Did my friend violate some rule about sex before marriage? Maybe, but he did the most loving thing he knew to do, and so I have to think he fulfilled the intent of the Law, if not the letter—NOT because he had to (it can’t be said enough: we are free from the Law in Christ), but because God is love, and “if we love one another, God lives in us and his love is made complete in us.” (1 John 4:12).

    My friend’s story stands in contrast to the man who simply wants sex without a commitment, who pressures a woman to go all the way when she really doesn’t want to and isn’t ready to. I suspect that man doesn’t really love a woman. He loves sex. Certainly he loves himself, but he is oceans away from both Jesus and Paul. “Love is not self-seeking … it always protects” (1 Cor. 13). The man who will not wait for no other reason than he doesn’t want to, sins, I think, even in the absence of any Law, for he is violating the nature of God, which is self-sacrificing love.

    Sexual sin is the same as any sin in that it is and seeks the opposite of love. It is self-seeking rather than self-sacrificing.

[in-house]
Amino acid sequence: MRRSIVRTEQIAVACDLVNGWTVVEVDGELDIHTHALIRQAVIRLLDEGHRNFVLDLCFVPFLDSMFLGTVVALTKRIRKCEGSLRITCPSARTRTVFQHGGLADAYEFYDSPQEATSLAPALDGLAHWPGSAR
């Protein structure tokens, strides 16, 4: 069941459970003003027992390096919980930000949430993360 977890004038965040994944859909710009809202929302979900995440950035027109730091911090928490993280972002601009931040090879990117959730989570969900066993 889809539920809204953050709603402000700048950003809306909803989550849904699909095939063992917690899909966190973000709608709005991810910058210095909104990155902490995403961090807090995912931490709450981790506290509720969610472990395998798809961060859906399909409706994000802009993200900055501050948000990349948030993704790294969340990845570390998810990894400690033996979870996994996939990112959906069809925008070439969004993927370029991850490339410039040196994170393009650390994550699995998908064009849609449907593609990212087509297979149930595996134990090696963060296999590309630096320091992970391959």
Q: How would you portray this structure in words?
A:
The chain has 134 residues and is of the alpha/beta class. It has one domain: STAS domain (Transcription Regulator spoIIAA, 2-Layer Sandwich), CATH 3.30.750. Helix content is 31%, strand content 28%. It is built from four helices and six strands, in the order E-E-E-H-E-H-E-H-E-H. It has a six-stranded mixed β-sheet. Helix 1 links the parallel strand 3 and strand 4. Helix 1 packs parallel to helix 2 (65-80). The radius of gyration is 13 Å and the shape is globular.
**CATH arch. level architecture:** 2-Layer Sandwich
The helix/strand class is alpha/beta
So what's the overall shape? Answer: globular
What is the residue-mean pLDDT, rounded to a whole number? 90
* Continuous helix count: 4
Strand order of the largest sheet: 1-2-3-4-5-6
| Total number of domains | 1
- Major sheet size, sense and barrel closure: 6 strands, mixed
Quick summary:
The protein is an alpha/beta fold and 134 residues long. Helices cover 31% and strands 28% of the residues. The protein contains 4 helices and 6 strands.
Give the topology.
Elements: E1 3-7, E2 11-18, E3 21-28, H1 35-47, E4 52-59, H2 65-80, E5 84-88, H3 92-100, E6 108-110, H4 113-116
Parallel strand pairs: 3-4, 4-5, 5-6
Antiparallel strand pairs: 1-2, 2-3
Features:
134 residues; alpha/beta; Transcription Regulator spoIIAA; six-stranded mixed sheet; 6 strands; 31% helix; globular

Yes, this approach leaves us open to self-deception. We may tragically distort what love is. We may convince ourselves something we want is okay to have right this second because we really, really want it, even though it’s not best for us or for someone else who will be affected by our getting what we want. But grace is always open to abuse, intentional or otherwise. When there is no law, when we are free to figure things out with the help of the Spirit, there always exists the possibility we’ll get it wrong. But seriously, read the Old Testament. Even with an extremely thorough, detailed Law, people got it wrong all the time, so it isn’t clear that a set of rules makes life any easier.

    What, then, is sexual sin? I would think it is any sexual behavior that seeks only its own good at the expense of what is best for another. Sexual sin is selfish rather than loving. Sex with children will always be sinful because it manipulates the emotions and uses the bodies of vulnerable people for one’s own selfish lust.  Adultery will always be sinful because it is taking sexually what is not yours to take, doing great harm to relationships.

    But homosexuality? If two people love each other and sacrificially choose to serve each other for life, for better or worse, in sickness and in health—how does this violate the nature of God which is love? This, the context of the passages that mention homosexuality in the New Testament, and an understanding of first century pagan sexual practices (which often involved prostitution and sex with minors), is why I suspect Paul is condemning some abusive or exploitive nature of homosexuality in his culture, and not mutually loving and respectful gay relationships in ours. If sexual sin—if sin, in general—is anything selfish and unloving, then it seems to me that it’s simply not honest to make blanket condemnations of homosexuality when nothing about gay sex is inherently unloving.

    Posted in: The Gay Posts